In this file photo from Sept. 2, 2002, a policeman is seen escorting Russian arms control analyst Igor Sutyagin, accused of spying for the United States, to a courtroom in Moscow. A lawyer for Sutyagin said Thursday, July 8, 2010, that he reportedly has been flown to Vienna in what appeared to be the first step of a Russia-U.S. spy swap.
The following are details on the four jailed spies President Dmitry Medvedev pardoned with a special decree as part of Cold War-style spy swap that would involve the exchange of 14 agents.
A nuclear expert and former research fellow at the Moscow-based Institute for U.S. and Canadian Studies, Sutyagin was sentenced to 15 years in jail in 2004.
He was charged with passing classified military information to a British firm which prosecutors said was a front for the U.S. Central Intelligence Agency. He has always said he was innocent.
His lawyer, Anna Stavitskaya, said he had been told by Russian officials that he would be swapped in Vienna.
Sutyagin's brother, Dmitry, said by telephone on Friday that it was still unclear whether the swap had taken place and that he was waiting for a call from his brother.
Skripal, a former colonel of Russia's military intelligence, known as GRU, was convicted in 2006 on charges of espionage for Britain's MI6 intelligence agency. He is currently serving a 13-year prison term.
At the time of his conviction, Russian media said he had exposed dozens of Russian intelligence officers operating for Britain's MI6.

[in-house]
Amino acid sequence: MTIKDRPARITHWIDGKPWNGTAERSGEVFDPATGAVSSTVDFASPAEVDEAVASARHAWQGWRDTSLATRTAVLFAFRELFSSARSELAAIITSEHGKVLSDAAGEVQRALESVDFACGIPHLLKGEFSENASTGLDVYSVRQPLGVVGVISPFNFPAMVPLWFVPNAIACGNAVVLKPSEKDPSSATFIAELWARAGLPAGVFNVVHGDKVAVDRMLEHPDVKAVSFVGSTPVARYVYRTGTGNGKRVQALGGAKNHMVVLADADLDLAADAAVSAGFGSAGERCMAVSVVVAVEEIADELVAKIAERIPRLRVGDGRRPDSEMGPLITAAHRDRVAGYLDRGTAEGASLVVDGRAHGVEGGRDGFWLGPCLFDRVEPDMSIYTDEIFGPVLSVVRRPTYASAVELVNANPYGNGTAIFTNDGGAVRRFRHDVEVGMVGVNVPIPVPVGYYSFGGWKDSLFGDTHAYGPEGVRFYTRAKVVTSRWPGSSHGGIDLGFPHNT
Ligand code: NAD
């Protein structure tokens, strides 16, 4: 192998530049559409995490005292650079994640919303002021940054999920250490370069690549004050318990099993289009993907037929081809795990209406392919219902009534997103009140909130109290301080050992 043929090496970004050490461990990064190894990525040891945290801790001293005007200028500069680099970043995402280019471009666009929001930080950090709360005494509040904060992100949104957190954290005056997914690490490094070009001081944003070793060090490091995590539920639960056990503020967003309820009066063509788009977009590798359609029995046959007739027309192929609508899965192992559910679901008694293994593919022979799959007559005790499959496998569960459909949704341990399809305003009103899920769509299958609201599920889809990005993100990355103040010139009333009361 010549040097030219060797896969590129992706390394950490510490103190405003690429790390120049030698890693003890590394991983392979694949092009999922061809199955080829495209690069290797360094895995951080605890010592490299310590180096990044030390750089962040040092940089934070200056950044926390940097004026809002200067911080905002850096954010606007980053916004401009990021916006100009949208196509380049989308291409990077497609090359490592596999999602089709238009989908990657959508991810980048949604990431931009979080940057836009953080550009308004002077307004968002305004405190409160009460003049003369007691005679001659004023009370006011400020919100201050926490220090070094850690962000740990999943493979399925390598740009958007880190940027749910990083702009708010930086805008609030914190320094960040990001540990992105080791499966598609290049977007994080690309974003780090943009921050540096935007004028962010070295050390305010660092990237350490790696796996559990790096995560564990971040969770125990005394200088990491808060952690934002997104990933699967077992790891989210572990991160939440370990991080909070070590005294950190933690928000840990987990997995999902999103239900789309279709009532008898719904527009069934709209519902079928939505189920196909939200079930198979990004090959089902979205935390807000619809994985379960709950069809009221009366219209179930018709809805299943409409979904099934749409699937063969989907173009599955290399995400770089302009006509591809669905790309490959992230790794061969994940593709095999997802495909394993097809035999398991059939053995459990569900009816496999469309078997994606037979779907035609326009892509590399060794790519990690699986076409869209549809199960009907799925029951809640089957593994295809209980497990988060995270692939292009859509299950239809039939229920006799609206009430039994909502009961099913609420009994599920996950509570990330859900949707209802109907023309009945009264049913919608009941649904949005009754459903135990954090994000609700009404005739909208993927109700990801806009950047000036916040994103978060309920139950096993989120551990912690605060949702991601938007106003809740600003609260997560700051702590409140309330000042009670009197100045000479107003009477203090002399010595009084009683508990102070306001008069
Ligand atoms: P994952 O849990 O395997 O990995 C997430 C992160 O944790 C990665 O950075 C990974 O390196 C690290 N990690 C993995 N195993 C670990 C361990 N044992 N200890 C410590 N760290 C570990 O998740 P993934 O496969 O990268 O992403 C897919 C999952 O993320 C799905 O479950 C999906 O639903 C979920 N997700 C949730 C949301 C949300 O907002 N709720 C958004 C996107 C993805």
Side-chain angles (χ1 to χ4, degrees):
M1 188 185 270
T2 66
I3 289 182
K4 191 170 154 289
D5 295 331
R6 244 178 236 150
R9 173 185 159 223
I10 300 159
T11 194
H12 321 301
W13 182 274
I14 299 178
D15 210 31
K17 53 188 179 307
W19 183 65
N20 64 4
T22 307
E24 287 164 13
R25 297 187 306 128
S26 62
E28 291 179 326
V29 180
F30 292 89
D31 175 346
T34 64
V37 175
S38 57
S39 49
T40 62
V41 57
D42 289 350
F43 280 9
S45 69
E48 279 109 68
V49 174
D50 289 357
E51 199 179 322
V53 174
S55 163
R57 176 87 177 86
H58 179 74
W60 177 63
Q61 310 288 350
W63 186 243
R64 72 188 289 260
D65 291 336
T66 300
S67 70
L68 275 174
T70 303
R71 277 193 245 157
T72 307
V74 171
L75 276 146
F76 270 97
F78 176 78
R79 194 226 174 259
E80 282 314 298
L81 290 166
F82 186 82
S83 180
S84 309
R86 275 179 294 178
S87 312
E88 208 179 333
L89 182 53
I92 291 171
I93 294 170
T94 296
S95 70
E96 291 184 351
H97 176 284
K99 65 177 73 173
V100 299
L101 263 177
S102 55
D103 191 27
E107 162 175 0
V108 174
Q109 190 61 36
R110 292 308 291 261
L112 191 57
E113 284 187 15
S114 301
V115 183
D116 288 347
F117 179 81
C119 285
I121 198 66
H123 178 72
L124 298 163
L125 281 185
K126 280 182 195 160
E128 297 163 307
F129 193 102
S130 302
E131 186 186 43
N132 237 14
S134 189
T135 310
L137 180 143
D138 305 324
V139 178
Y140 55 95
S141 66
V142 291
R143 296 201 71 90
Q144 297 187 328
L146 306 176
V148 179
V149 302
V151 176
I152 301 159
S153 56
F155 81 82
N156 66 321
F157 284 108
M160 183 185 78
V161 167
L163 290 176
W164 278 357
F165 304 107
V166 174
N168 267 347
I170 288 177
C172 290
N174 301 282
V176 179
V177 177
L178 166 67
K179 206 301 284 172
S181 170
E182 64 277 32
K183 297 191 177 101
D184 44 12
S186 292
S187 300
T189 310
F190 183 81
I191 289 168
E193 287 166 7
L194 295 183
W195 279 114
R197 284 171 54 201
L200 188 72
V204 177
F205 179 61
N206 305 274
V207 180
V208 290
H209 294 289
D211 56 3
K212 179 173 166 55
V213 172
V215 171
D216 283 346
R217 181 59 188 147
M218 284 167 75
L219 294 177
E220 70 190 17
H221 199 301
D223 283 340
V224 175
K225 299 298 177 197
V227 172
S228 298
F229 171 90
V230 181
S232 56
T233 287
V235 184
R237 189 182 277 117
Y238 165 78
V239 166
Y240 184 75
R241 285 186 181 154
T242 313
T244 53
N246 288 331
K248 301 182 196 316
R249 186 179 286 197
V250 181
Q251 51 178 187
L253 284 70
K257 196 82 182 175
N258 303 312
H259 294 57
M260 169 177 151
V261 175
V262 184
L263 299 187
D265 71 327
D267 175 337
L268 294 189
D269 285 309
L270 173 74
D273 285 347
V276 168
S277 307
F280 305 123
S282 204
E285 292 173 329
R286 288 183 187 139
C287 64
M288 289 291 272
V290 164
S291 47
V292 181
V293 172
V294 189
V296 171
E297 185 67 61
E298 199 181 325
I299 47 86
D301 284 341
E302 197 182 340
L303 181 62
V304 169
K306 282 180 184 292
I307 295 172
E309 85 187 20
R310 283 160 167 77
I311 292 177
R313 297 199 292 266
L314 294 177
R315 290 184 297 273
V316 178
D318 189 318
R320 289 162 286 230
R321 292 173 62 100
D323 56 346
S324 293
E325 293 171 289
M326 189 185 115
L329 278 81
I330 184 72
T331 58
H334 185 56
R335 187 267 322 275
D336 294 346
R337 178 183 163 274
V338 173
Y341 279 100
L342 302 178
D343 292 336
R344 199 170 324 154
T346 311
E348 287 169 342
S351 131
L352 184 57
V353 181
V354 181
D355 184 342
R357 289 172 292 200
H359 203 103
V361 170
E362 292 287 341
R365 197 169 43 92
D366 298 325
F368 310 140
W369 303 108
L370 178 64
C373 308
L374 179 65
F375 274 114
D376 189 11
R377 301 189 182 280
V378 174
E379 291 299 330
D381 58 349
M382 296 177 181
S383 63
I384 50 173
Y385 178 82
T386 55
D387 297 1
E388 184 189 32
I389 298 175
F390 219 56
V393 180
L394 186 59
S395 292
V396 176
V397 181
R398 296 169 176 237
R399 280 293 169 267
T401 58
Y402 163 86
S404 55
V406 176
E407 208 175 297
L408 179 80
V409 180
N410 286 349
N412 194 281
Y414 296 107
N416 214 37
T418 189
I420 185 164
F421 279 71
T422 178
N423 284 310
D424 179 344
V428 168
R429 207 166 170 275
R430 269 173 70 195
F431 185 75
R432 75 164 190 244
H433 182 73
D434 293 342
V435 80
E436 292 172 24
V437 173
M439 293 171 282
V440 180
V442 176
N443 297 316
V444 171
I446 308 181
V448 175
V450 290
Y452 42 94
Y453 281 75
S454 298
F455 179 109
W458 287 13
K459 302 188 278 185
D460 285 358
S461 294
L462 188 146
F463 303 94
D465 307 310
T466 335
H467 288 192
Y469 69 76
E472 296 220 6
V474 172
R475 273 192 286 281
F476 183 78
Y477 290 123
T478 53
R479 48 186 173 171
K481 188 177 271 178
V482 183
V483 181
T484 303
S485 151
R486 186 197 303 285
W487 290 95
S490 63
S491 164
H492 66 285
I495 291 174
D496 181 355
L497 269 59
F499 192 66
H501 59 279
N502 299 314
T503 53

Former colonel in Russia's Foreign Intelligence Service known as the SVR, Zaporozhsky was convicted in 2003 and sentenced to 18 years in prison on charges of treason.
At the time, Russian media speculated that Zaporozhsky had been behind the exposure of former FBI agent Robert Hanssen and ex-CIA officer Aldrich Ames, both convicted on charges of spying for Russia.
Upon retirement in 1997, Zaporozhsky moved to the United States, where he was suspected to have shared classified information with intelligence agencies there. He was arrested upon returning to Russia in 2001.
Vasilenko, a KGB recruiter who worked in Washington in the 1970s and 1980s, was arrested in 1988 in Havana and spirited back to Moscow by the Soviet intelligence services. He was charged with espionage for the West and jailed.
Some former spies have said Vasilenko was wrongly fingered by Soviet mole Hanssen.
In 2005, another Gennady Vasilenko appears but it was impossible to confirm if this was the same Vasilenko who was arrested in Havana.
This Gennady Vasilenko, a former spy and deputy head of the security department at NTV-Plus satellite TV channel, was jailed for the illegal possession of arms, planting explosives and resistance to arrest. No charges of espionage were brought against him.